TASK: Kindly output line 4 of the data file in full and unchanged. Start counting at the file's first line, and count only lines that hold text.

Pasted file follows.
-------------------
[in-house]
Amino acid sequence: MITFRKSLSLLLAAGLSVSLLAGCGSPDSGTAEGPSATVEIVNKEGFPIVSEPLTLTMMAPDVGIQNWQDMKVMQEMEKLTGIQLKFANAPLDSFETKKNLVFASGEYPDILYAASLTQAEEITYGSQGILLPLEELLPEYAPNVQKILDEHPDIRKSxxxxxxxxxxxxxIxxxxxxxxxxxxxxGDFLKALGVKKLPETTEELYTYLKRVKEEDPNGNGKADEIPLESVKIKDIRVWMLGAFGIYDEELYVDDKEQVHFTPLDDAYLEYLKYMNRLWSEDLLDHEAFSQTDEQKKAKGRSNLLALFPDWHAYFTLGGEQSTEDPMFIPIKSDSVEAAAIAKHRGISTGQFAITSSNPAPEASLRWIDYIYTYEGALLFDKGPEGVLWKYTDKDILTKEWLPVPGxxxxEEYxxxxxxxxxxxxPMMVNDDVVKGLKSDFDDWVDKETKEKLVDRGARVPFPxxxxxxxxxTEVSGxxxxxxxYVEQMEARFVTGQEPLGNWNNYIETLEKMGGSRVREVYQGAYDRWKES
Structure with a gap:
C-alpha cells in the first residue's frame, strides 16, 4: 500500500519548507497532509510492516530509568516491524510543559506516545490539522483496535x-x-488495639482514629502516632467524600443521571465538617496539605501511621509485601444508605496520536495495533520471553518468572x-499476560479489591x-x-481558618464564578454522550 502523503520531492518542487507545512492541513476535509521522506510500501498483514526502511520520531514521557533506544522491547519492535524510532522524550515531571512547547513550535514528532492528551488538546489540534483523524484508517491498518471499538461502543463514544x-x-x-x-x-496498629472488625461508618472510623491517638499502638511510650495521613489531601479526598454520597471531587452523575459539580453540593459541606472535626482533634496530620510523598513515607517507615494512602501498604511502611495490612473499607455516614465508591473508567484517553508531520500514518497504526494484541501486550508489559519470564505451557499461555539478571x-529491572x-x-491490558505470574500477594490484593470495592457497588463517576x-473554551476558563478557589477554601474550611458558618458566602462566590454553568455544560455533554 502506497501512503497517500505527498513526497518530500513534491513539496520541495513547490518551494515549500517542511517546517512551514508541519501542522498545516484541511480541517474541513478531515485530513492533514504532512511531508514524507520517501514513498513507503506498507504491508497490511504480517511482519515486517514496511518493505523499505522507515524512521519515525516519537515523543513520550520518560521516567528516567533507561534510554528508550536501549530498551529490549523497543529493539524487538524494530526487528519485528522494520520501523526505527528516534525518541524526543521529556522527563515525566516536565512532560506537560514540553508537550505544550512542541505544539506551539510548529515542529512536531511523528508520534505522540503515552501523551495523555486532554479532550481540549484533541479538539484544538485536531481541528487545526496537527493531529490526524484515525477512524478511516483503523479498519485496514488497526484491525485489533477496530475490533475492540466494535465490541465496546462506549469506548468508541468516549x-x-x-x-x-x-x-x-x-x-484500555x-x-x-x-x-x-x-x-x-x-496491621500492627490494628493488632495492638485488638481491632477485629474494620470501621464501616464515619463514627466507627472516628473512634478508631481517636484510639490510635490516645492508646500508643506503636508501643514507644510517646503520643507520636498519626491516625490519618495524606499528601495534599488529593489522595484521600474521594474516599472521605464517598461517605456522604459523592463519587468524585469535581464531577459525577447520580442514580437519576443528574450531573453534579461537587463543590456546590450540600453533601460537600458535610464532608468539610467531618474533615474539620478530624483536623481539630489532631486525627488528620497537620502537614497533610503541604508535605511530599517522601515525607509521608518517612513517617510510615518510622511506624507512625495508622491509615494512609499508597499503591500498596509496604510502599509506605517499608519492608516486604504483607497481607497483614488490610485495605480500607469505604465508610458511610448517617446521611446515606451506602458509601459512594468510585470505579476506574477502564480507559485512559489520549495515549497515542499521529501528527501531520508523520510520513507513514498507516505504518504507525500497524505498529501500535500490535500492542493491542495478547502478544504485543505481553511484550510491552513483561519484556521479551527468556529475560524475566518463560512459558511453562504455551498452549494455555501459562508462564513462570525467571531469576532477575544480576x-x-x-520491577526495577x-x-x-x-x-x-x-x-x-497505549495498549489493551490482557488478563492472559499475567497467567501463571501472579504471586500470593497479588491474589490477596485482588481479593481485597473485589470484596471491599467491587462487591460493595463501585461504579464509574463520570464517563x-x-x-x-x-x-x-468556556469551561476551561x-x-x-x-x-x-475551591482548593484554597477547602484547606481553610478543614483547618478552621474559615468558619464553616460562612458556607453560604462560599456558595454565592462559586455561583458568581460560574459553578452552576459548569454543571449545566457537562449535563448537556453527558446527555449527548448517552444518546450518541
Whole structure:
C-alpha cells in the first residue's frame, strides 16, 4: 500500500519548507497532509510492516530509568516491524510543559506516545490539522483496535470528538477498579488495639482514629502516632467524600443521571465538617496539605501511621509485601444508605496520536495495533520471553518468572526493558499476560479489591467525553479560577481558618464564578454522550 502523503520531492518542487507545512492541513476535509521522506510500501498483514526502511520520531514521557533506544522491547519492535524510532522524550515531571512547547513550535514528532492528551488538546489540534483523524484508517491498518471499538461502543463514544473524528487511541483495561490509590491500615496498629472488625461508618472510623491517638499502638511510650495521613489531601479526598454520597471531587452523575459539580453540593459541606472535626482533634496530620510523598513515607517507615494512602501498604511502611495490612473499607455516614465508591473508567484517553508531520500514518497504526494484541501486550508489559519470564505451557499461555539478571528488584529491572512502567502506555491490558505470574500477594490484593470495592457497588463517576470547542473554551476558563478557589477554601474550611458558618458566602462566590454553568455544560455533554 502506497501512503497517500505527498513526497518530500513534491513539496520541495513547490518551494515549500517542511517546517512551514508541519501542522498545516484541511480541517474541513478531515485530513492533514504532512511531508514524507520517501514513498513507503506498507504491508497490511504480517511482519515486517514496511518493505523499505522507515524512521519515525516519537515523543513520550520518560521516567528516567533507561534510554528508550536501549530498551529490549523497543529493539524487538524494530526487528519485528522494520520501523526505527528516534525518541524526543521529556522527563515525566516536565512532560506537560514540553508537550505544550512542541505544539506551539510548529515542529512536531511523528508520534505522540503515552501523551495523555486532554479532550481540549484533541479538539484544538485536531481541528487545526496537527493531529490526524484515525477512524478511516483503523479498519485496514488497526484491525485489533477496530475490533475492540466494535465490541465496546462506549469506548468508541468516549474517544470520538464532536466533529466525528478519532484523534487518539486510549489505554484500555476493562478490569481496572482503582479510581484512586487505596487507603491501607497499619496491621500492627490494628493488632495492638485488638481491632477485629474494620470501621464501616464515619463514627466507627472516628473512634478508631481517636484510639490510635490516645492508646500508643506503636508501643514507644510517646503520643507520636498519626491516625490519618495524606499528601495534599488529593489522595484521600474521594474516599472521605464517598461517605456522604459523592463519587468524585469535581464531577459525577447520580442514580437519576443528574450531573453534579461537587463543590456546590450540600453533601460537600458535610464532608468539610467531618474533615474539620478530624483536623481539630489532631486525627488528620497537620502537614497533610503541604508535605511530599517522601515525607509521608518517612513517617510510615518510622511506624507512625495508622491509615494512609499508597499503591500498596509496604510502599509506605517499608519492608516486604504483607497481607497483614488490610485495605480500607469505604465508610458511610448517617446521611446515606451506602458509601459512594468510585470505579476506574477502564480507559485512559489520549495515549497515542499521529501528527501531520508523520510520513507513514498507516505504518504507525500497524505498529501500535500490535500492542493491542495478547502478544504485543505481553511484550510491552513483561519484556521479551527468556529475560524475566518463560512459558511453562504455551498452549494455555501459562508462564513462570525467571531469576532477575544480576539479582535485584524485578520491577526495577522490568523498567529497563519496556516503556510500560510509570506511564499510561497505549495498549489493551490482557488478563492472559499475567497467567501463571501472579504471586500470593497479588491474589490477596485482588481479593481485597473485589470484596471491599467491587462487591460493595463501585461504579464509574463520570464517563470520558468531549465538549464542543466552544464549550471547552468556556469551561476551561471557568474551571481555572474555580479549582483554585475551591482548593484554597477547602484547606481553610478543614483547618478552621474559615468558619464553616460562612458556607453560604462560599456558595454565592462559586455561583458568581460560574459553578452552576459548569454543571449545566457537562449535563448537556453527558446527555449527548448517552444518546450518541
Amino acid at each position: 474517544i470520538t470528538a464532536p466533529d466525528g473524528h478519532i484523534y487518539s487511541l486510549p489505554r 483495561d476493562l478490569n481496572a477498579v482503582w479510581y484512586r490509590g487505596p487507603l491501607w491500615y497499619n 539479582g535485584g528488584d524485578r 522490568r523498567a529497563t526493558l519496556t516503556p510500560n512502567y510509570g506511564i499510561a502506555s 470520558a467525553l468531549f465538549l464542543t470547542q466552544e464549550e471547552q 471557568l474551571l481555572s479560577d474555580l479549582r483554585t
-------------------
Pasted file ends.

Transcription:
C-alpha cells in the first residue's frame, strides 16, 4: 500500500519548507497532509510492516530509568516491524510543559506516545490539522483496535x-x-488495639482514629502516632467524600443521571465538617496539605501511621509485601444508605496520536495495533520471553518468572x-499476560479489591x-x-481558618464564578454522550 502523503520531492518542487507545512492541513476535509521522506510500501498483514526502511520520531514521557533506544522491547519492535524510532522524550515531571512547547513550535514528532492528551488538546489540534483523524484508517491498518471499538461502543463514544x-x-x-x-x-496498629472488625461508618472510623491517638499502638511510650495521613489531601479526598454520597471531587452523575459539580453540593459541606472535626482533634496530620510523598513515607517507615494512602501498604511502611495490612473499607455516614465508591473508567484517553508531520500514518497504526494484541501486550508489559519470564505451557499461555539478571x-529491572x-x-491490558505470574500477594490484593470495592457497588463517576x-473554551476558563478557589477554601474550611458558618458566602462566590454553568455544560455533554 502506497501512503497517500505527498513526497518530500513534491513539496520541495513547490518551494515549500517542511517546517512551514508541519501542522498545516484541511480541517474541513478531515485530513492533514504532512511531508514524507520517501514513498513507503506498507504491508497490511504480517511482519515486517514496511518493505523499505522507515524512521519515525516519537515523543513520550520518560521516567528516567533507561534510554528508550536501549530498551529490549523497543529493539524487538524494530526487528519485528522494520520501523526505527528516534525518541524526543521529556522527563515525566516536565512532560506537560514540553508537550505544550512542541505544539506551539510548529515542529512536531511523528508520534505522540503515552501523551495523555486532554479532550481540549484533541479538539484544538485536531481541528487545526496537527493531529490526524484515525477512524478511516483503523479498519485496514488497526484491525485489533477496530475490533475492540466494535465490541465496546462506549469506548468508541468516549x-x-x-x-x-x-x-x-x-x-484500555x-x-x-x-x-x-x-x-x-x-496491621500492627490494628493488632495492638485488638481491632477485629474494620470501621464501616464515619463514627466507627472516628473512634478508631481517636484510639490510635490516645492508646500508643506503636508501643514507644510517646503520643507520636498519626491516625490519618495524606499528601495534599488529593489522595484521600474521594474516599472521605464517598461517605456522604459523592463519587468524585469535581464531577459525577447520580442514580437519576443528574450531573453534579461537587463543590456546590450540600453533601460537600458535610464532608468539610467531618474533615474539620478530624483536623481539630489532631486525627488528620497537620502537614497533610503541604508535605511530599517522601515525607509521608518517612513517617510510615518510622511506624507512625495508622491509615494512609499508597499503591500498596509496604510502599509506605517499608519492608516486604504483607497481607497483614488490610485495605480500607469505604465508610458511610448517617446521611446515606451506602458509601459512594468510585470505579476506574477502564480507559485512559489520549495515549497515542499521529501528527501531520508523520510520513507513514498507516505504518504507525500497524505498529501500535500490535500492542493491542495478547502478544504485543505481553511484550510491552513483561519484556521479551527468556529475560524475566518463560512459558511453562504455551498452549494455555501459562508462564513462570525467571531469576532477575544480576x-x-x-520491577526495577x-x-x-x-x-x-x-x-x-497505549495498549489493551490482557488478563492472559499475567497467567501463571501472579504471586500470593497479588491474589490477596485482588481479593481485597473485589470484596471491599467491587462487591460493595463501585461504579464509574463520570464517563x-x-x-x-x-x-x-468556556469551561476551561x-x-x-x-x-x-475551591482548593484554597477547602484547606481553610478543614483547618478552621474559615468558619464553616460562612458556607453560604462560599456558595454565592462559586455561583458568581460560574459553578452552576459548569454543571449545566457537562449535563448537556453527558446527555449527548448517552444518546450518541